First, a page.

He makes me laugh.

He makes me proud when he puzzles out what he needs to do to take his next right step.

I am excited about where life might take him. I’m also a little scared about that.

He has never been the Perfect Child but our journey has been all the richer for it.

I love time with my boy.

They are Enough

Paul and I always imagined ourselves with 3 or 4 kids. Since we met at 19, and married at 23, it seemed like we would have the time to make that happen. We started our careers out of college and I enjoyed teaching sixth grade, so we decided we would put family making on hold until our late 20’s. In the back of my mind, I always had fears that we would struggle to have kids, but maybe all women wonder or worry about that.

It proved to be true for us. We started trying to have a baby when we were 27. It wasn’t happening and we really weren’t in a place financially where we could investigate medically what the problem was. When we moved to Georgia in 2000, I had a doctor give me references to some fertility specialists, but it took about two years of savings for us to feel like we had any business even trying to schedule an appointment. Those years were awful. No matter where I turned, everyone was having a baby. People mean well and they say unintentionally unhelpful things to women struggling with infertility like, “It will happen when you aren’t even trying.” They would tell stories about a person they knew who as soon as she stopped worrying about it and trusted God, became pregnant. Like this was a crisis of my faith, and when I got right with Jesus I’d find myself pregnant in no time. I look back on those 3 years and I remember all the pain and helplessness. I remember ovulation kits, pregnancy tests, Chlomid, all of it. I remember missing my period in the spring of 2001, the positive pregnancy test, and three days later being in the hospital with an ectopic pregnancy. I remember the arguments we had and how mad I felt at everyone. I’m amazed we survived it. I’m grateful we did.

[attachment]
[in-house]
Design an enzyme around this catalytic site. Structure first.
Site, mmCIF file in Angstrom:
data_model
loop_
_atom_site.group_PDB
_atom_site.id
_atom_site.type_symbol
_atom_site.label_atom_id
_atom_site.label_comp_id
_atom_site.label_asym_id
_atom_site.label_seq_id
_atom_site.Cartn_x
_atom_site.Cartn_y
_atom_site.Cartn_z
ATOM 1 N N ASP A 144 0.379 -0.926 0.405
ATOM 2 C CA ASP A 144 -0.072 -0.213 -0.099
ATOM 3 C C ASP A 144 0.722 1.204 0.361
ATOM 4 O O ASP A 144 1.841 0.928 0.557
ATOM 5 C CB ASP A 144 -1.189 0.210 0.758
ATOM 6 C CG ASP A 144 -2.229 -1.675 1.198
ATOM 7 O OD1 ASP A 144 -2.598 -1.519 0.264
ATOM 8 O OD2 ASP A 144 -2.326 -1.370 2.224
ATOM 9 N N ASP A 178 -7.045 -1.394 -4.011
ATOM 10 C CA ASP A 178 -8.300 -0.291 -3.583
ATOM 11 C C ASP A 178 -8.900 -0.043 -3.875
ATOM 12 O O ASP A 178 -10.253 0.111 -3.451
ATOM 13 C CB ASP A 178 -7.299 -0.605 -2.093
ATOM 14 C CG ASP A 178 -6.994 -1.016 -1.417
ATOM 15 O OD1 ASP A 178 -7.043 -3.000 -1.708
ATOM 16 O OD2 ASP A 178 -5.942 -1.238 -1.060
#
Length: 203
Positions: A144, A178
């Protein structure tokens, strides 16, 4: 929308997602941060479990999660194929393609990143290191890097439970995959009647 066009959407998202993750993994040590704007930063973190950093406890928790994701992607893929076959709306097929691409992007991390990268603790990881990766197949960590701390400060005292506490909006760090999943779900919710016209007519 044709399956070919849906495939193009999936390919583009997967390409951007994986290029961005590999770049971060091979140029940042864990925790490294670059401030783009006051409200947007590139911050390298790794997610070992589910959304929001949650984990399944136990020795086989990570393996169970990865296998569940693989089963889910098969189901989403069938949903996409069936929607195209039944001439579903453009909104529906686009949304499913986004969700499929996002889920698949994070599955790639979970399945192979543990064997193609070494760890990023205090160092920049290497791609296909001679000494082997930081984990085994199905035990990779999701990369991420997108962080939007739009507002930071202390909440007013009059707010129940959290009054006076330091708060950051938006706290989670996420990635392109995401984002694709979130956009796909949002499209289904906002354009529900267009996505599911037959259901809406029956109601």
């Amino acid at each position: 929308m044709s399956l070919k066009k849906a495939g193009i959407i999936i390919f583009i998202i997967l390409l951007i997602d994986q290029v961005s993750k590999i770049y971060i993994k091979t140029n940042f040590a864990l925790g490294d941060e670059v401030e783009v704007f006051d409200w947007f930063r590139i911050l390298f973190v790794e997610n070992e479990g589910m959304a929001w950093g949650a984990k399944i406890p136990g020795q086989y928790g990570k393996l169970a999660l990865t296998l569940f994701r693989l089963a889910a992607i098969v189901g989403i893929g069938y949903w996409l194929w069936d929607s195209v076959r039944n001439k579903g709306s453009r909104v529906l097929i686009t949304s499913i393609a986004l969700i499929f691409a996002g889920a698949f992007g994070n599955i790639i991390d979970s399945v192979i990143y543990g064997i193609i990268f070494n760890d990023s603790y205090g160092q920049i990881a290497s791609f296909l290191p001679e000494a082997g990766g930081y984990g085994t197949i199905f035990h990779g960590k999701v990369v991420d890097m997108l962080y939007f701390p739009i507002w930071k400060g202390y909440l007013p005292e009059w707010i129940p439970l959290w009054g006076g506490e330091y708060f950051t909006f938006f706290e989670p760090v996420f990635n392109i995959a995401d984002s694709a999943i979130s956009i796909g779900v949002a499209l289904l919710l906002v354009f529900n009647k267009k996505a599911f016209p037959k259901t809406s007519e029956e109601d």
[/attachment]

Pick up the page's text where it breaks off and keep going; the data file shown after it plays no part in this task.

In late 2001, Paul had a great year of work and was rewarded financially. We finally had the money to visit the infertility specialist. I remember sitting across from the doctor as he reviewed our medical history. He didn’t offer us any cute platitudes. He didn’t give us maybes, possibilities, or percentages. He said, “Four years is a long time to try and have a baby. I’m sure you are exhausted. My suggestion is we forego trying anything else and go straight to an IVF.” I almost burst out crying because for the first time somebody understood, and was ready to act on it. We walked out of that office lighter than we had felt in years. Two thirty year olds, reaching for each other’s hand like teenagers on a first date. With hope.